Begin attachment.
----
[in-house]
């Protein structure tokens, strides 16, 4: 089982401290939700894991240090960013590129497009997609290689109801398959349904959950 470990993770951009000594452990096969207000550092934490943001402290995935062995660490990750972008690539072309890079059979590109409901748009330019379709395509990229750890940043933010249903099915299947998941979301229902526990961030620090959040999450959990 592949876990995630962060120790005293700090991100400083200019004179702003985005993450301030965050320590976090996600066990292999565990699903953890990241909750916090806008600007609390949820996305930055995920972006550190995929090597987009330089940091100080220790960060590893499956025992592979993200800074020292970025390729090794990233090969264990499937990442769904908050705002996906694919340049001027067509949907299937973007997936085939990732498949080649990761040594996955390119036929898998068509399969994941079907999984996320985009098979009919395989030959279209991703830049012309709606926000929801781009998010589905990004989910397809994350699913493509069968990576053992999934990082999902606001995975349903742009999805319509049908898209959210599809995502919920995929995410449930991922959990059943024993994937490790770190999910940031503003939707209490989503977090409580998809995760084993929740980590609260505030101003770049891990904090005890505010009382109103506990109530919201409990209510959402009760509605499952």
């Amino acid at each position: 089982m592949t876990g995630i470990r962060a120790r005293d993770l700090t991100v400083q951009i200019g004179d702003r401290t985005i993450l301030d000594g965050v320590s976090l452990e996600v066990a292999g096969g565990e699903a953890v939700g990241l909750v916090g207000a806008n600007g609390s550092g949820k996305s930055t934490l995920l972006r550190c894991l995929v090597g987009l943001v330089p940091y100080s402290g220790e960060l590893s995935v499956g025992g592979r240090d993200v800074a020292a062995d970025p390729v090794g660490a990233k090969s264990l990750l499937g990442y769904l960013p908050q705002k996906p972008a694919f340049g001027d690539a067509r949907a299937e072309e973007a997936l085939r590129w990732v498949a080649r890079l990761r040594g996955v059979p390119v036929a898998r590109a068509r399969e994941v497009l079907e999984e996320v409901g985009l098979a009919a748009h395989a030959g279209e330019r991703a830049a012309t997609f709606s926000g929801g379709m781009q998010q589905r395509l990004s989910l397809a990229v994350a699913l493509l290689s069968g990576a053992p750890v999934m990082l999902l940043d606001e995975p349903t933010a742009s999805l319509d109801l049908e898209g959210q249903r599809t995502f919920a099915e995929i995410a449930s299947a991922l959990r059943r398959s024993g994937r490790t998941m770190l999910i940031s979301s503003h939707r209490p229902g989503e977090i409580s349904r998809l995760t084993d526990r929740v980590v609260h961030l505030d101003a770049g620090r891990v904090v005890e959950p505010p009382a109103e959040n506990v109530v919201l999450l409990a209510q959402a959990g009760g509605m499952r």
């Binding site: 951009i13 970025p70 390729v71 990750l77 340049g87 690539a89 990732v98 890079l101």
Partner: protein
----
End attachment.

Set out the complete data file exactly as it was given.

[in-house]
């Protein structure tokens, strides 16, 4: 089982401290939700894991240090960013590129497009997609290689109801398959349904959950 470990993770951009000594452990096969207000550092934490943001402290995935062995660490990750972008690539072309890079059979590109409901748009330019379709395509990229750890940043933010249903099915299947998941979301229902526990961030620090959040999450959990 592949876990995630962060120790005293700090991100400083200019004179702003985005993450301030965050320590976090996600066990292999565990699903953890990241909750916090806008600007609390949820996305930055995920972006550190995929090597987009330089940091100080220790960060590893499956025992592979993200800074020292970025390729090794990233090969264990499937990442769904908050705002996906694919340049001027067509949907299937973007997936085939990732498949080649990761040594996955390119036929898998068509399969994941079907999984996320985009098979009919395989030959279209991703830049012309709606926000929801781009998010589905990004989910397809994350699913493509069968990576053992999934990082999902606001995975349903742009999805319509049908898209959210599809995502919920995929995410449930991922959990059943024993994937490790770190999910940031503003939707209490989503977090409580998809995760084993929740980590609260505030101003770049891990904090005890505010009382109103506990109530919201409990209510959402009760509605499952």
């Amino acid at each position: 089982m592949t876990g995630i470990r962060a120790r005293d993770l700090t991100v400083q951009i200019g004179d702003r401290t985005i993450l301030d000594g965050v320590s976090l452990e996600v066990a292999g096969g565990e699903a953890v939700g990241l909750v916090g207000a806008n600007g609390s550092g949820k996305s930055t934490l995920l972006r550190c894991l995929v090597g987009l943001v330089p940091y100080s402290g220790e960060l590893s995935v499956g025992g592979r240090d993200v800074a020292a062995d970025p390729v090794g660490a990233k090969s264990l990750l499937g990442y769904l960013p908050q705002k996906p972008a694919f340049g001027d690539a067509r949907a299937e072309e973007a997936l085939r590129w990732v498949a080649r890079l990761r040594g996955v059979p390119v036929a898998r590109a068509r399969e994941v497009l079907e999984e996320v409901g985009l098979a009919a748009h395989a030959g279209e330019r991703a830049a012309t997609f709606s926000g929801g379709m781009q998010q589905r395509l990004s989910l397809a990229v994350a699913l493509l290689s069968g990576a053992p750890v999934m990082l999902l940043d606001e995975p349903t933010a742009s999805l319509d109801l049908e898209g959210q249903r599809t995502f919920a099915e995929i995410a449930s299947a991922l959990r059943r398959s024993g994937r490790t998941m770190l999910i940031s979301s503003h939707r209490p229902g989503e977090i409580s349904r998809l995760t084993d526990r929740v980590v609260h961030l505030d101003a770049g620090r891990v904090v005890e959950p505010p009382a109103e959040n506990v109530v919201l999450l409990a209510q959402a959990g009760g509605m499952r």
């Binding site: 951009i13 970025p70 390729v71 990750l77 340049g87 690539a89 990732v98 890079l101």
Partner: protein